The Expository Files




“It Is No Longer I Who Live, But Christ Lives In Me”

Galatians 2:20


How would you describe the ultimate priority of your life? What principle knits together the activities of your life into a unified purpose? For Paul, that priority and principle is expressed in his loving challenge to Peter recorded in the epistle to the Galatians: “I am crucified with Christ, nevertheless I live; yet not I, but Christ lives in me; and the life that I now live, I live by faith in the Son of God who loved me and delivered himself up for me” (Galatians 2:20).

This one window into the heart of Paul is the basis of all his life’s efforts as a Christian. For in the integrity of a good conscience and through the working of God’s grace, Saul of Tarsus became a follower of Jesus Christ.

Understanding Paul’s Statement

For years Paul had sought to merit righteousness by works of obedience to the Law. Motivated by the strictest devotion to the traditions of the rabbis, he earned the reputation of one “blameless” (Philippians 3:6). However, after becoming a Christian, he realized how inadequate his efforts had been to earn righteousness before God in this way. For the law that was intended to impart life to him (through perfect obedience) called instead for his death because of sin (Romans 7:10). Indeed through the Law, Paul died to the Law in order that he might live to God (Galatians 2:19). Touched by the love of the Savior who died for him, Paul crucified the old man and freely accepted the righteousness that is “through faith in Jesus Christ” (Philippians 3:9). In baptism he began a new life in which Christ lived in him (Romans 6:3ff).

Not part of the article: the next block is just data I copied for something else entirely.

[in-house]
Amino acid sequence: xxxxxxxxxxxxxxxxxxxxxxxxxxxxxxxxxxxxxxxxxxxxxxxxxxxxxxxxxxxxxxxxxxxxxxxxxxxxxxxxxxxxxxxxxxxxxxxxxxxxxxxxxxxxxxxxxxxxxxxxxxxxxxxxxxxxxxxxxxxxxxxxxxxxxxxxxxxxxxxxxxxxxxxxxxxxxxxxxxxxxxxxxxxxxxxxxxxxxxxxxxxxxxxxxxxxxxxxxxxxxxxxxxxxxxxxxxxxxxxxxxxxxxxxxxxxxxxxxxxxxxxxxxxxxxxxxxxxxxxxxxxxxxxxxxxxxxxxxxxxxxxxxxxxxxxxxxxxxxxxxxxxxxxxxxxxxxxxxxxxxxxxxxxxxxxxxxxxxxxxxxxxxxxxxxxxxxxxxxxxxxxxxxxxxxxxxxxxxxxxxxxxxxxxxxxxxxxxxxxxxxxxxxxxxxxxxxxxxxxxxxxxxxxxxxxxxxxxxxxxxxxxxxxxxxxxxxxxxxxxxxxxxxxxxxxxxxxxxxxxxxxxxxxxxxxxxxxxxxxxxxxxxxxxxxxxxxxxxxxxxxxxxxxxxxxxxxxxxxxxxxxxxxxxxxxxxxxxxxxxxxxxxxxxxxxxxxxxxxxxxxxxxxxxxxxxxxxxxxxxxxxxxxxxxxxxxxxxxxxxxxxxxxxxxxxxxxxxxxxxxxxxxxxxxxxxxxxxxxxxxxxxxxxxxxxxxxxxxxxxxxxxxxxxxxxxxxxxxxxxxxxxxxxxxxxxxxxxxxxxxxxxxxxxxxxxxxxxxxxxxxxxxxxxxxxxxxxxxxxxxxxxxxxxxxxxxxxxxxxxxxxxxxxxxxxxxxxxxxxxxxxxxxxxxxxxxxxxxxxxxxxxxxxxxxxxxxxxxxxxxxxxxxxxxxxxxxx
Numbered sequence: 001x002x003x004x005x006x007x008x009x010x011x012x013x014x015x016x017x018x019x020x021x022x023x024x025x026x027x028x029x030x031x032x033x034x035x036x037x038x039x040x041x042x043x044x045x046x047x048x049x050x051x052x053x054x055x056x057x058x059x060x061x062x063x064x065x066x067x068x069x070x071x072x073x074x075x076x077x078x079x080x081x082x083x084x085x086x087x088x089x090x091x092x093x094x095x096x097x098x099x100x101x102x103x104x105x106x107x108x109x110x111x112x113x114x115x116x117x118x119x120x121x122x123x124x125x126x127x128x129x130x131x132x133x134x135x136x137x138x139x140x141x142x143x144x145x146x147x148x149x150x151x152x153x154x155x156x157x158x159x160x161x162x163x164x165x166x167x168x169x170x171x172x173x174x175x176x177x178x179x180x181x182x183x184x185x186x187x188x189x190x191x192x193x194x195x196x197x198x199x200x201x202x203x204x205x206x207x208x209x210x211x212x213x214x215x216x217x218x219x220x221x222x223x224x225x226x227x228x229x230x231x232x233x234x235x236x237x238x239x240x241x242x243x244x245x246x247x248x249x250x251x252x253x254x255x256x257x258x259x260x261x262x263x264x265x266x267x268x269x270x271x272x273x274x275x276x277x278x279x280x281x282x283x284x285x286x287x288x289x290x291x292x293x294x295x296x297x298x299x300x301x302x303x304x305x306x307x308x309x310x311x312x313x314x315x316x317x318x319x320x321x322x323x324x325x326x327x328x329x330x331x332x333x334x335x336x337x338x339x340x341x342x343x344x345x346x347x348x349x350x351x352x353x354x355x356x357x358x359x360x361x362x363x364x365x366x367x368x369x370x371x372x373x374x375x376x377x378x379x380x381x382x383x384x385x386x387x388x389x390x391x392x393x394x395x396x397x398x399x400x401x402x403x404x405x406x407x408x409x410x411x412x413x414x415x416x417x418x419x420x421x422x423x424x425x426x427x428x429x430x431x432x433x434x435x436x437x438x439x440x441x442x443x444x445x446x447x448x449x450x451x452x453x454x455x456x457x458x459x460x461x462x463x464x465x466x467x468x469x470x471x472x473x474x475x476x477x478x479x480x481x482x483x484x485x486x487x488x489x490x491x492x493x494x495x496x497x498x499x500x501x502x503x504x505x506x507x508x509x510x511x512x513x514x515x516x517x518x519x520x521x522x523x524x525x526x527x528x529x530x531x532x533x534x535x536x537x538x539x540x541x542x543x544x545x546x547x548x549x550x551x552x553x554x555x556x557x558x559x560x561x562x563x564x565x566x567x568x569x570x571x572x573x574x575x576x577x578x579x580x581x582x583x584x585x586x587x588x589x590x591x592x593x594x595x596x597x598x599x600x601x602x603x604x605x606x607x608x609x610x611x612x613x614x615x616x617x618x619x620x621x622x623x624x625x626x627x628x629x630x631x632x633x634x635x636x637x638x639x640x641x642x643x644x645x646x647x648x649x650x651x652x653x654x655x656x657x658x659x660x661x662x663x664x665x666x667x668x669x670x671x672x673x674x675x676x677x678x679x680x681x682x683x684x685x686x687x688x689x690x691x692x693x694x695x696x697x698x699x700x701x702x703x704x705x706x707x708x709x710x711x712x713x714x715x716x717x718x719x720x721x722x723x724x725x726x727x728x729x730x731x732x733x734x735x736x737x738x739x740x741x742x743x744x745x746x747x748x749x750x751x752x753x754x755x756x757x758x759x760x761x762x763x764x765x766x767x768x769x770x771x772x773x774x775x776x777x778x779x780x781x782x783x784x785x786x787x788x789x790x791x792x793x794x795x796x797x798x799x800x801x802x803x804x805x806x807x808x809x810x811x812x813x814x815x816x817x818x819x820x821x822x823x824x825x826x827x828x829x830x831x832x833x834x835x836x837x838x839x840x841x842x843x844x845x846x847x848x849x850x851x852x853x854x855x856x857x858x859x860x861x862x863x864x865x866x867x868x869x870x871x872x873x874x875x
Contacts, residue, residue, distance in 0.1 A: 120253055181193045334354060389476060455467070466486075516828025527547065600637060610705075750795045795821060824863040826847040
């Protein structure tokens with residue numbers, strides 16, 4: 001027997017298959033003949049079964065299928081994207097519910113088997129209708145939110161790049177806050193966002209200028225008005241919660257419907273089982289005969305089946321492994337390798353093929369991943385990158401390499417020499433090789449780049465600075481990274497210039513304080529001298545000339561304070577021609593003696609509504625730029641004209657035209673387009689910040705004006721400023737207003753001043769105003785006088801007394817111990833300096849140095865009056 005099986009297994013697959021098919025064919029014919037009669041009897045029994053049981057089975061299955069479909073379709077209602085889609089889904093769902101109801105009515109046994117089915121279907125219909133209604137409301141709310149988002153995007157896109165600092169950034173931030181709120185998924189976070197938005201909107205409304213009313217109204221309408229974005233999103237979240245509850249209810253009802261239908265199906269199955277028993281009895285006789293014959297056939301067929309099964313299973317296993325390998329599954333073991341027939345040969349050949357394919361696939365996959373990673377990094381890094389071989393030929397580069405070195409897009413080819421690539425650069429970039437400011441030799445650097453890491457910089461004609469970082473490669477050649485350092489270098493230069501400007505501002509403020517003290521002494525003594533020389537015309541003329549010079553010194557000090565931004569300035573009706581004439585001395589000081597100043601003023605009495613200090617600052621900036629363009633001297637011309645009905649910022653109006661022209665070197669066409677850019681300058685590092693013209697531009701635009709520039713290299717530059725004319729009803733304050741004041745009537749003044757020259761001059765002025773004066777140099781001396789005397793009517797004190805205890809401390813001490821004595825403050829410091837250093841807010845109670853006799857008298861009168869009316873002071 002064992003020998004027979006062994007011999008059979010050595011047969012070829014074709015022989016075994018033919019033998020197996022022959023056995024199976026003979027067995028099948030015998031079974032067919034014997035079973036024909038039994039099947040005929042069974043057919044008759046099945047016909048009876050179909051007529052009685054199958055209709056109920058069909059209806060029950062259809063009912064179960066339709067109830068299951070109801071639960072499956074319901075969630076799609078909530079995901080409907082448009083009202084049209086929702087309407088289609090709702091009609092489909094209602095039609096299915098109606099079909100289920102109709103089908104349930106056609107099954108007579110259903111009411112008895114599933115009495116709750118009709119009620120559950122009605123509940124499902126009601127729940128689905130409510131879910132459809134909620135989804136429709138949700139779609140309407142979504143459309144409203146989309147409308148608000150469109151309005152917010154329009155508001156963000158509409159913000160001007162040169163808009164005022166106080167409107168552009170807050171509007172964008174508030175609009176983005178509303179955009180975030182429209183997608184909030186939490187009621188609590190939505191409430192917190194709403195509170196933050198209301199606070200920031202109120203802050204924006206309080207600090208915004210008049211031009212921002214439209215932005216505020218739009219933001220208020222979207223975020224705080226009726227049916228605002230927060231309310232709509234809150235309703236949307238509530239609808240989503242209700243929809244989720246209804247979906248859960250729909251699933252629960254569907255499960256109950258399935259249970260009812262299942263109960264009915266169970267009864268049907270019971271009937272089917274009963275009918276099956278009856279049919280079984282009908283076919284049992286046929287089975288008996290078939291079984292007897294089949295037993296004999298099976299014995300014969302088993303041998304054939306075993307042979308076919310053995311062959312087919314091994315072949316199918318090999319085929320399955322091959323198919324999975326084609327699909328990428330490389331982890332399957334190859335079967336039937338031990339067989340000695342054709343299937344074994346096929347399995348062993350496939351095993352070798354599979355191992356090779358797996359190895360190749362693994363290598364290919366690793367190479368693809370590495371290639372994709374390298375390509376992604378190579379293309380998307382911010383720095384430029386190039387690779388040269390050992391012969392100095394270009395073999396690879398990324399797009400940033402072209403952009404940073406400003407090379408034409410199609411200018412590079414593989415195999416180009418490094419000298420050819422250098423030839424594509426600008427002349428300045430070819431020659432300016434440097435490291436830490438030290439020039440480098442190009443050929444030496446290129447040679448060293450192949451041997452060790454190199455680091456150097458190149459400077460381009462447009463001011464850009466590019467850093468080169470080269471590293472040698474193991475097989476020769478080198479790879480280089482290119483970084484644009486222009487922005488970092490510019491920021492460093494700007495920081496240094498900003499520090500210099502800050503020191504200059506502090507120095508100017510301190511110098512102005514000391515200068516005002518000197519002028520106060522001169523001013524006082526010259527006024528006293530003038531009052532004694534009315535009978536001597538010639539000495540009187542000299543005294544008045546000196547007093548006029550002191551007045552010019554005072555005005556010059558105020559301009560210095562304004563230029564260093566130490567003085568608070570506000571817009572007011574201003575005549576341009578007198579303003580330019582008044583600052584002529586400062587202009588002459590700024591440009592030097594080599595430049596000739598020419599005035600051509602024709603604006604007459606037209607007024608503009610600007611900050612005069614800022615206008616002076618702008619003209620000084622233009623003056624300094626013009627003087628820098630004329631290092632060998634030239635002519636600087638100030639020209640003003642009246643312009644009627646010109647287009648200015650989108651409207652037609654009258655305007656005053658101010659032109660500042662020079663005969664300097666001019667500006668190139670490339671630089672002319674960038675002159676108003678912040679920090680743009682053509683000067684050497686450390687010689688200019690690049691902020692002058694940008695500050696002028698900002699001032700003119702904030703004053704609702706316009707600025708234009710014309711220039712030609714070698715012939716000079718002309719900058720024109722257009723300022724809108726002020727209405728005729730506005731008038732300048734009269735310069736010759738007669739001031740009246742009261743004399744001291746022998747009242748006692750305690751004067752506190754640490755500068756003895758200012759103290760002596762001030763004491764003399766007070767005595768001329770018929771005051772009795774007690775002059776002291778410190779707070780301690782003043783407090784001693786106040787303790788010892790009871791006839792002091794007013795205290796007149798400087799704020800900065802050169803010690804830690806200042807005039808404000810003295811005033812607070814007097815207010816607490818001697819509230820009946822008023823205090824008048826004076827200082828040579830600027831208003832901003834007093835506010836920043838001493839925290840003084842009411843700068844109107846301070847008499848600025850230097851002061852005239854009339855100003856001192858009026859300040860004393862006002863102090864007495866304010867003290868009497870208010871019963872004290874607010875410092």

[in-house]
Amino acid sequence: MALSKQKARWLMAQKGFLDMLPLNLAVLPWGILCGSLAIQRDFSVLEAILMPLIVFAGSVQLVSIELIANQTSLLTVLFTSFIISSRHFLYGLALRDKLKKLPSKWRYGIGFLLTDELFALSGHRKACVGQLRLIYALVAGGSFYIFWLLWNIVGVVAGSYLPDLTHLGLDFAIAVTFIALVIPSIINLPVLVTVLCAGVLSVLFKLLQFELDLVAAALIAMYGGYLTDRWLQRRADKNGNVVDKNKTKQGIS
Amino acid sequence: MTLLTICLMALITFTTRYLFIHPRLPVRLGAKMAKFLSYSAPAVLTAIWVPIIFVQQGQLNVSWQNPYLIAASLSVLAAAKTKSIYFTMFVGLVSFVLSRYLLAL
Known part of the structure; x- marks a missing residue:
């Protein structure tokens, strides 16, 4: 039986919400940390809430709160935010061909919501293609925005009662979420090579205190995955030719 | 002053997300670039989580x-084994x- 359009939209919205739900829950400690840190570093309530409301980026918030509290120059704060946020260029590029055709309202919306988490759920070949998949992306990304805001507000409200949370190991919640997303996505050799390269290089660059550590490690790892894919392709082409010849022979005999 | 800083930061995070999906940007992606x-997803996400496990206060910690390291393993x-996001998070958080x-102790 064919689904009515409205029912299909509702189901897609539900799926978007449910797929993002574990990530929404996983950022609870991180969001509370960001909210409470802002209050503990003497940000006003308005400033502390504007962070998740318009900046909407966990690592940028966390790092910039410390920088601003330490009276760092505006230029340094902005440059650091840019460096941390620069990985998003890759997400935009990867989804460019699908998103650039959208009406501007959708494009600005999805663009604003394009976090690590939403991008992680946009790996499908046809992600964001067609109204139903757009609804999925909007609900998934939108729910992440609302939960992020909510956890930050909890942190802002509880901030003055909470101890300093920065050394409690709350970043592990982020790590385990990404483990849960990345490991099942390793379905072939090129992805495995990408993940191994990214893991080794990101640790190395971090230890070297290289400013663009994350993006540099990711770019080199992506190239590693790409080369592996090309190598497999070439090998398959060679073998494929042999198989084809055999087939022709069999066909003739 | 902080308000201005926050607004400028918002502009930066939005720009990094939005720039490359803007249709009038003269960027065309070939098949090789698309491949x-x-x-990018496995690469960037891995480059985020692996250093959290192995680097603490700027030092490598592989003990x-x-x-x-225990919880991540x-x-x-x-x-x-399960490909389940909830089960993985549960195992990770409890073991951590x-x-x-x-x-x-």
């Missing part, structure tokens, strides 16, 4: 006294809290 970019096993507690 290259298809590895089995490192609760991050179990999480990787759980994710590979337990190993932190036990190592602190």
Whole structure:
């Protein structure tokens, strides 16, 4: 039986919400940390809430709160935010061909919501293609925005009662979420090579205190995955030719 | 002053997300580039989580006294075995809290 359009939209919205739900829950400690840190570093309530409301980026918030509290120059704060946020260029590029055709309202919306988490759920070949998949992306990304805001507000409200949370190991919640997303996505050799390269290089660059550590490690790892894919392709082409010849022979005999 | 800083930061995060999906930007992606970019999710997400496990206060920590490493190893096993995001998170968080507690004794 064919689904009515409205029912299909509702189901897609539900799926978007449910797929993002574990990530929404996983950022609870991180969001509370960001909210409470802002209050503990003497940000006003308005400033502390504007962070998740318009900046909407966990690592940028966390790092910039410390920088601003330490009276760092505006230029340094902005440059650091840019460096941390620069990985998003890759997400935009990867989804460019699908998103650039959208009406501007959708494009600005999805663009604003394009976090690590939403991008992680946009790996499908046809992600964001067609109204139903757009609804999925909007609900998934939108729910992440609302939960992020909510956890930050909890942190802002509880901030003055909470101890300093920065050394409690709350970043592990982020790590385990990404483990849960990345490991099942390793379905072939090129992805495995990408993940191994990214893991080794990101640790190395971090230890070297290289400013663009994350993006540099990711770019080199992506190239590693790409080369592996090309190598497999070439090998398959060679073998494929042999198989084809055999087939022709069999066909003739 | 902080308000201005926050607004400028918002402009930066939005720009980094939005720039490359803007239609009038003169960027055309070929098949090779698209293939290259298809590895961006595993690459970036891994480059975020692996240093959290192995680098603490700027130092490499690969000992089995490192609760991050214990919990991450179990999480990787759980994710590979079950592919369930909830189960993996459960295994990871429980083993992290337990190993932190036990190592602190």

It is this single purpose that forged the many statements we read from Paul’s pen and that defined his attitudes and activities. It was the appeal of all his letters: “Put on the Lord Jesus Christ and make no provision for the flesh in regard to its lusts” (Romans 13:14). It was the grounds of his hope for those he taught: “Christ in you, the hope of glory” (Colossians 1:27). Consequently at Antioch, when some were advocating that conditions of righteousness by the Law be added to the gospel, Paul firmly challenged them all. He reminded them that advocating any other grounds of righteousness implied that Christ died needlessly (Galatians 2:21). Only one thing mattered: “I am crucified with Christ; Christ lives in me”.

Applying the Message to Ourselves

When we clearly see Paul’s earnest desire to be like Christ, we will have discovered not only who Paul was, but also what God has called us all to be. If we are to enjoy Paul’s hope, then we must live his life. We too must come to see the selfless love of the Savior who gave himself up for us. Smitten in heart by the magnitude of our selfishness, we must crucify the old self that the body of sin might be put away from us (Romans 6:6). We must behold with reverence the Spirit-drawn portrait of the glory of the Savior (2 Corinthians 3:18). We must put to death those fleshly inclinations that lead us away from the Lord’s likeness (Romans 8:12–13). We must submit ourselves totally to the Holy Spirit’s commands as the expression of the beautiful character of the Lord (Romans 8:14).

In the most practical terms, the Lord must become the pattern for all our conduct. In every action and thought, we must ask ourselves, “Is this what my Savior would do? Would he go where I am going? Would he say what I am about to say?” And when we do, we will see God’s power working in us day by day, conforming us to “the image of His Son” (Romans 8:29). Christ will truly be in us (Romans 8:10). His thoughts will become our thoughts. His deeds will become our deeds. To profess to be a Christian and do otherwise is to miss the whole purpose of our calling.

It was this purpose that permeated the life of Paul and found expression in this wonderful mirror into his heart. May we then in the spirit of Paul’s great affirmation also meaningfully pray, “Oh to be like thee, oh to be like thee, blessed Redeemer, pure as thou art! Come in thy sweetness; come in thy fullness. Stamp thine own image deep on my heart”.[1]


[1] Felker, J. (1998). “It Is No Longer I Who Live, But Christ Lives In Me”—Galatians 2:20. Christianity Magazine, 15 (1), 14.



  By  Johnny Felker
From Expository Files 23.12; December 2016